Local communities can safeguard the civil rights and liberties of their residents by enacting local laws that can put your community on the offensive and put a cog in any President’s plans to trample on the Bill of Rights. BORDC/DDF model ordinances contain provisions that:
- Declare that all people, regardless of race, religion, national origin, immigration status, gender, gender identity, or sexual orientation are welcome in the community.
- Prohibit discriminatory profiling
- Prohibit or limit local law enforcement cooperation with federal immigration enforcement.
- Prohibit undercover infiltration or spying on activist groups or religious institutions.
- Protect social media from the prying eyes of the state.
We encourage you to join forces with others in your community to launch a campaign to pass local legislation. Our templates were written to respond to community concerns after the 2016 election. They are designed to be agile and adaptable in order to meet the different needs of diverse communities nationwide. Tooled to be supported by unconventional coalitions, these bills will empower you to take action to defend your rights and those of your neighbors.
- Model Resolution to Defend Rights and Dissent (PDF) (Word)
- Model Ordinance to Protect Against Discriminatory Profiling and Limit Surveillance, Intelligence Collection, and Immigration Enforcement Activities (PDF) (Word)
- Model Ordinance to Protect First Amendment Rights and Online Privacy (PDF) (Word)
- Explainer: What do the laws and resolution do? (PDF)
- Grassroots organizing toolkit
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Additional model local ordinances focus on surveillance and transparency:
Resolutions allow your town or state to send a message to the federal government
Resolution opposing military detention and supporting the right to trial. In 2011, the National Defense Authorization Act was signed into law. It includes a provisions that could allow indefinite and arbitrary military detention, without a trial or day in court, of anyone accused of any “belligerent act” or terror-related offense—including “material support” allegations based strictly on speech or association. It essentially subjects everyone within the US (including citizens, legal residents, and visitors) to the same lawless standards at work in Guantánamo Bay.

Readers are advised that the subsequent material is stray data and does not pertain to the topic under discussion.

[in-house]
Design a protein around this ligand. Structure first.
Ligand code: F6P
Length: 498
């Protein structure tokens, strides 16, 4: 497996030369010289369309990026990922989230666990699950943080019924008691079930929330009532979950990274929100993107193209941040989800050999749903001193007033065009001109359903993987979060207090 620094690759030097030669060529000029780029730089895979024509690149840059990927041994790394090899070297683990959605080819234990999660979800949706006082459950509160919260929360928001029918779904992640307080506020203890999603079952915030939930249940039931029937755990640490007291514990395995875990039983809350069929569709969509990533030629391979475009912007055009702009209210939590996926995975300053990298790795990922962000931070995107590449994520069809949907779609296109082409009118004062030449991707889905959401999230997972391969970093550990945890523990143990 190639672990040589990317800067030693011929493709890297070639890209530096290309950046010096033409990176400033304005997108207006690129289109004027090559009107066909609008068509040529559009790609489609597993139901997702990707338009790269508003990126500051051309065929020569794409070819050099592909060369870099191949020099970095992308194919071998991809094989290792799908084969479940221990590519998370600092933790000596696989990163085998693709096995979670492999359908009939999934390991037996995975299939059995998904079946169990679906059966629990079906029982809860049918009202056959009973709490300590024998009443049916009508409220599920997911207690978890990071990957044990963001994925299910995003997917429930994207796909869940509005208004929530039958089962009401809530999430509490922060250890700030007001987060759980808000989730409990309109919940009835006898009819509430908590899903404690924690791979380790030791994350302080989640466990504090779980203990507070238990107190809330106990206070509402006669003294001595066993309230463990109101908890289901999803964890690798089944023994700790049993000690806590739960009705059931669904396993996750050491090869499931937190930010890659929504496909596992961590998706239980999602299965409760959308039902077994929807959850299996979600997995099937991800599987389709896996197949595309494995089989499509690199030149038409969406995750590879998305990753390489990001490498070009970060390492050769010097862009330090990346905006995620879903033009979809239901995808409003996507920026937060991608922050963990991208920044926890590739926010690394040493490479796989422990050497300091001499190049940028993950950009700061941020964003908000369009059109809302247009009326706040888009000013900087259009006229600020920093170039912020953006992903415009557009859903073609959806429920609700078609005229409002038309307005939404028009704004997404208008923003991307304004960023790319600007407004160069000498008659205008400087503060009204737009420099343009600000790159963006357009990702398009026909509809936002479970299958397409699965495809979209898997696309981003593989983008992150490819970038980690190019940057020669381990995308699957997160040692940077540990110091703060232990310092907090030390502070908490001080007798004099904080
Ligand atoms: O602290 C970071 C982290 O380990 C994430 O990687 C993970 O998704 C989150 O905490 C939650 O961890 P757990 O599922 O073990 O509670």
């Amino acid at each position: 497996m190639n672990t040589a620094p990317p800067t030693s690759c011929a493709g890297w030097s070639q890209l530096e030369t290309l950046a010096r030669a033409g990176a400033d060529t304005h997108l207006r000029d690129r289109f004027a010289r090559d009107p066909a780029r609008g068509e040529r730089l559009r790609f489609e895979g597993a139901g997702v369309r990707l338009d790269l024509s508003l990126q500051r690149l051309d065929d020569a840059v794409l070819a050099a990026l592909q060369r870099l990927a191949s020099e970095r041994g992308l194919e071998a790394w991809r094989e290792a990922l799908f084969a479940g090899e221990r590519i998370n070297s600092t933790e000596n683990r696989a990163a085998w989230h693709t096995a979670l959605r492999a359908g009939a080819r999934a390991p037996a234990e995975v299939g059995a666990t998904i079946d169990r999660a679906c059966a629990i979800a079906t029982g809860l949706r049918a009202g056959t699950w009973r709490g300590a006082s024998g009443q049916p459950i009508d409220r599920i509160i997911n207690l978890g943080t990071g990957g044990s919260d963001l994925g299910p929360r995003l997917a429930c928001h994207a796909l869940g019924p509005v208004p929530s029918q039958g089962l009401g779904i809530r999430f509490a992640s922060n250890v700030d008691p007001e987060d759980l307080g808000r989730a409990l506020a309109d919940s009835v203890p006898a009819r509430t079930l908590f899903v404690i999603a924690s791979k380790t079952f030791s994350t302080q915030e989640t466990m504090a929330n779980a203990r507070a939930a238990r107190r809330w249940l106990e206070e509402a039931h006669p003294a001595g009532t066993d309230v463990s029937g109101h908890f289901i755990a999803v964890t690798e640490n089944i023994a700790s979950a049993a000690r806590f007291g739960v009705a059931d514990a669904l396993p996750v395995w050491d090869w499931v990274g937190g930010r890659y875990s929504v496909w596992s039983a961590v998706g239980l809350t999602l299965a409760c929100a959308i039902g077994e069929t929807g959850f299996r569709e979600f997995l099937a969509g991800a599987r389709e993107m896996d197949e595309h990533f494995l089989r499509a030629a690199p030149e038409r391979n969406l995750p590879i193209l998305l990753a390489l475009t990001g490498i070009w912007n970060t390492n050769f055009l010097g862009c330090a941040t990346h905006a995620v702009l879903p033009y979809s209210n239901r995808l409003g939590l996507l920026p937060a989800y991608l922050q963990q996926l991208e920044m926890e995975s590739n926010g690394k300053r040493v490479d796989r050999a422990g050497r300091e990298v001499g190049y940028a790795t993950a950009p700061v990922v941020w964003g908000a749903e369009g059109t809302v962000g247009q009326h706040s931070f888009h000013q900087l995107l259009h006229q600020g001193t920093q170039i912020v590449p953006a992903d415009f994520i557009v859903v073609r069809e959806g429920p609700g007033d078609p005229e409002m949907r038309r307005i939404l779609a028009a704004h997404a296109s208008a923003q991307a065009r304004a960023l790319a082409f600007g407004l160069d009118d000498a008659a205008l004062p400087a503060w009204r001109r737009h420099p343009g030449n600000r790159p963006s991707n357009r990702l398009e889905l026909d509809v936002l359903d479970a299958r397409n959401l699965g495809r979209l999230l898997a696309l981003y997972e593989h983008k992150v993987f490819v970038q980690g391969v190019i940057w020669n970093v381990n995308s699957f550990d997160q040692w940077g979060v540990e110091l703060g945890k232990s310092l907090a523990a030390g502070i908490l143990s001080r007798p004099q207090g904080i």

Resolution for accountability for torture offers an opportunity for municipalities and states to call on the federal government to pursue transparency and accountability through an independent commission and prosecution of all government officials complicit in degrading treatment.
The Tenth Amendment to the U.S. Constitution was written in 1791 as part of the Bill of Rights. It says: The powers not delegated to the United States by the Constitution, nor prohibited by it to the States, are reserved to the States respectively, or to the people.”
Believe it or not, there’s some good news. The Oakland Privacy Advisory Commission, which is chaired by BORDC/DDF Patriot Award winner Brian Hofer, in January approved and passed to the Oakland City Council an ordinance that calls for close scrutiny of the city’s spy gear.
If the phrase “possibly illegal federal actions” makes you think of Donald Trump, you’re on the right track. Civil rights groups are more concerned about police participation in FBI investigations under the Trump administration than ever before.
In their first official act, the new Baltimore City Council unanimously passed a resolution criticizing President-Elect Donald Trump’s “divisive and scapegoating rhetoric, rooted in hate and prejudice.”